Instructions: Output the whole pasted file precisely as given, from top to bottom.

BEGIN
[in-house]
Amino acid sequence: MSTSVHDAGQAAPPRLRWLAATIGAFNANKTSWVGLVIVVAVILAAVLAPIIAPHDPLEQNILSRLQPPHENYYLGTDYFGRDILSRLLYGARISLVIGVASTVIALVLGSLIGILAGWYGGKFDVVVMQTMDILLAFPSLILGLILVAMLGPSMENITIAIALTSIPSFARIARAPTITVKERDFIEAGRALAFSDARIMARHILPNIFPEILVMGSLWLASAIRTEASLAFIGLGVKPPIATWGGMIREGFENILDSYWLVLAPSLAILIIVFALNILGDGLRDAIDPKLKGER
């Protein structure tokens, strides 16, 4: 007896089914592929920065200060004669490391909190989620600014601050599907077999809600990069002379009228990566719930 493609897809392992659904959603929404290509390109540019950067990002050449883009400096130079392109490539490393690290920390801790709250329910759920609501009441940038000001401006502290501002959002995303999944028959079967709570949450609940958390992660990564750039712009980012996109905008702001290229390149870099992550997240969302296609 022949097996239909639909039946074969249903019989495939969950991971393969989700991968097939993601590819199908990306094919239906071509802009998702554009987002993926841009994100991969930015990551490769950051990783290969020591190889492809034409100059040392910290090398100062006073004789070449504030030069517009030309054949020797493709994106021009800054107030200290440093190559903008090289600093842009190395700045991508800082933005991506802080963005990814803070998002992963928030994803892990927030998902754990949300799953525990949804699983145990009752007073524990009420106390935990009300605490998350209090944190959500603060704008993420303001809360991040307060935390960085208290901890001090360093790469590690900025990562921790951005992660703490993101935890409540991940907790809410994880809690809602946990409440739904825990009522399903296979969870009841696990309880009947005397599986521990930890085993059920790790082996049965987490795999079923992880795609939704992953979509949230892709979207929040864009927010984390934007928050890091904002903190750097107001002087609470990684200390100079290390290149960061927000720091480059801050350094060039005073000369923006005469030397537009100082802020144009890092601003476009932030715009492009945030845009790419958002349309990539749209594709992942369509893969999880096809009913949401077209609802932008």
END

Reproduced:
[in-house]
Amino acid sequence: MSTSVHDAGQAAPPRLRWLAATIGAFNANKTSWVGLVIVVAVILAAVLAPIIAPHDPLEQNILSRLQPPHENYYLGTDYFGRDILSRLLYGARISLVIGVASTVIALVLGSLIGILAGWYGGKFDVVVMQTMDILLAFPSLILGLILVAMLGPSMENITIAIALTSIPSFARIARAPTITVKERDFIEAGRALAFSDARIMARHILPNIFPEILVMGSLWLASAIRTEASLAFIGLGVKPPIATWGGMIREGFENILDSYWLVLAPSLAILIIVFALNILGDGLRDAIDPKLKGER
């Protein structure tokens, strides 16, 4: 007896089914592929920065200060004669490391909190989620600014601050599907077999809600990069002379009228990566719930 493609897809392992659904959603929404290509390109540019950067990002050449883009400096130079392109490539490393690290920390801790709250329910759920609501009441940038000001401006502290501002959002995303999944028959079967709570949450609940958390992660990564750039712009980012996109905008702001290229390149870099992550997240969302296609 022949097996239909639909039946074969249903019989495939969950991971393969989700991968097939993601590819199908990306094919239906071509802009998702554009987002993926841009994100991969930015990551490769950051990783290969020591190889492809034409100059040392910290090398100062006073004789070449504030030069517009030309054949020797493709994106021009800054107030200290440093190559903008090289600093842009190395700045991508800082933005991506802080963005990814803070998002992963928030994803892990927030998902754990949300799953525990949804699983145990009752007073524990009420106390935990009300605490998350209090944190959500603060704008993420303001809360991040307060935390960085208290901890001090360093790469590690900025990562921790951005992660703490993101935890409540991940907790809410994880809690809602946990409440739904825990009522399903296979969870009841696990309880009947005397599986521990930890085993059920790790082996049965987490795999079923992880795609939704992953979509949230892709979207929040864009927010984390934007928050890091904002903190750097107001002087609470990684200390100079290390290149960061927000720091480059801050350094060039005073000369923006005469030397537009100082802020144009890092601003476009932030715009492009945030845009790419958002349309990539749209594709992942369509893969999880096809009913949401077209609802932008």